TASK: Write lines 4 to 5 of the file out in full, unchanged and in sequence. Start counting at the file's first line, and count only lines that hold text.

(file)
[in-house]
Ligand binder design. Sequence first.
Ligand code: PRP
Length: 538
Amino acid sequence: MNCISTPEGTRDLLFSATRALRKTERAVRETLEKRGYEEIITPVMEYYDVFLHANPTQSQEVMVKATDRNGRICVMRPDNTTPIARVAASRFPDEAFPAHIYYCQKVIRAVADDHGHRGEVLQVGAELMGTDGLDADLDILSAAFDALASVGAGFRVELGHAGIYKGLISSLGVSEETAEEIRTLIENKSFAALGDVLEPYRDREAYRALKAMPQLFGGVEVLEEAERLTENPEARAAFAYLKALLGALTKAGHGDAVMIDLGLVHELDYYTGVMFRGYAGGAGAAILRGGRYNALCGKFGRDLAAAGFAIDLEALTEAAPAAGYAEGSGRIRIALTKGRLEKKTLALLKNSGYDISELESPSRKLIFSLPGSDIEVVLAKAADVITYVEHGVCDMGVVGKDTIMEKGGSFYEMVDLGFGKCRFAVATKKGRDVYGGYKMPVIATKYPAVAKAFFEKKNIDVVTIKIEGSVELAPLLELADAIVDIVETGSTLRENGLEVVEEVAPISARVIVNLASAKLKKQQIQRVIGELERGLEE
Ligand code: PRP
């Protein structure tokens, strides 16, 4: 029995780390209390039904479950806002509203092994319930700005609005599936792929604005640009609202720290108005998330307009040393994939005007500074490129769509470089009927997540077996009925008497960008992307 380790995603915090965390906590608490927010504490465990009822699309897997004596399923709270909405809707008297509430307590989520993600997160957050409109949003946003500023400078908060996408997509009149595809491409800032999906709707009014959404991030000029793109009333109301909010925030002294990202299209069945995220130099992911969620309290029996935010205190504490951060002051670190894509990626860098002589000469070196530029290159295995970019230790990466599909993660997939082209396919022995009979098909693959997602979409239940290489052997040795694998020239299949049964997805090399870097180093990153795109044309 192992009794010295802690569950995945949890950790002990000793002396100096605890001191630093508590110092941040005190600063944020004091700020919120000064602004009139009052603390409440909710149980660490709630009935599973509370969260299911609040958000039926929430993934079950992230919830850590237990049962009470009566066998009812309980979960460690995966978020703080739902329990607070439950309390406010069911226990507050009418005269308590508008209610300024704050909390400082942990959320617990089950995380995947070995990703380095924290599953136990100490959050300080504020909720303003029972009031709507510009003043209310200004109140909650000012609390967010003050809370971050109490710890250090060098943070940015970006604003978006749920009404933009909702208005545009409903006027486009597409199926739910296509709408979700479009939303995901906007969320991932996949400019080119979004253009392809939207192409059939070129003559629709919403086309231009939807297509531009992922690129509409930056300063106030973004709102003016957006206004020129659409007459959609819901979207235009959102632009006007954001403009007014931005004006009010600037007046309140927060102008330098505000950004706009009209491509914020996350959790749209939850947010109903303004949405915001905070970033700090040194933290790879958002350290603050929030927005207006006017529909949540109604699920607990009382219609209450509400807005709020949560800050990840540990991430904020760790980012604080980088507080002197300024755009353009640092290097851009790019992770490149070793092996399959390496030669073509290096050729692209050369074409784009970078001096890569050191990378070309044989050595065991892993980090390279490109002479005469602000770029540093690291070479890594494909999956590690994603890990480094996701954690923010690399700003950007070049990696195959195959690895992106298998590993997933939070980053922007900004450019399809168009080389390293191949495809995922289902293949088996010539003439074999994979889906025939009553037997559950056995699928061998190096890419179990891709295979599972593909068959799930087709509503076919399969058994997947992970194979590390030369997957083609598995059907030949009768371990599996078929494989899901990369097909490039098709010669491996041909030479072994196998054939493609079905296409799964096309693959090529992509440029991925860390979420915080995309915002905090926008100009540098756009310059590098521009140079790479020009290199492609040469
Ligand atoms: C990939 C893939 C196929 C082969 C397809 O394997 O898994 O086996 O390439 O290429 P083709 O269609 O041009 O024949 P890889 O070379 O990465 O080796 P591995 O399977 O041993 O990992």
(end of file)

Length: 538
Amino acid sequence: MNCISTPEGTRDLLFSATRALRKTERAVRETLEKRGYEEIITPVMEYYDVFLHANPTQSQEVMVKATDRNGRICVMRPDNTTPIARVAASRFPDEAFPAHIYYCQKVIRAVADDHGHRGEVLQVGAELMGTDGLDADLDILSAAFDALASVGAGFRVELGHAGIYKGLISSLGVSEETAEEIRTLIENKSFAALGDVLEPYRDREAYRALKAMPQLFGGVEVLEEAERLTENPEARAAFAYLKALLGALTKAGHGDAVMIDLGLVHELDYYTGVMFRGYAGGAGAAILRGGRYNALCGKFGRDLAAAGFAIDLEALTEAAPAAGYAEGSGRIRIALTKGRLEKKTLALLKNSGYDISELESPSRKLIFSLPGSDIEVVLAKAADVITYVEHGVCDMGVVGKDTIMEKGGSFYEMVDLGFGKCRFAVATKKGRDVYGGYKMPVIATKYPAVAKAFFEKKNIDVVTIKIEGSVELAPLLELADAIVDIVETGSTLRENGLEVVEEVAPISARVIVNLASAKLKKQQIQRVIGELERGLEE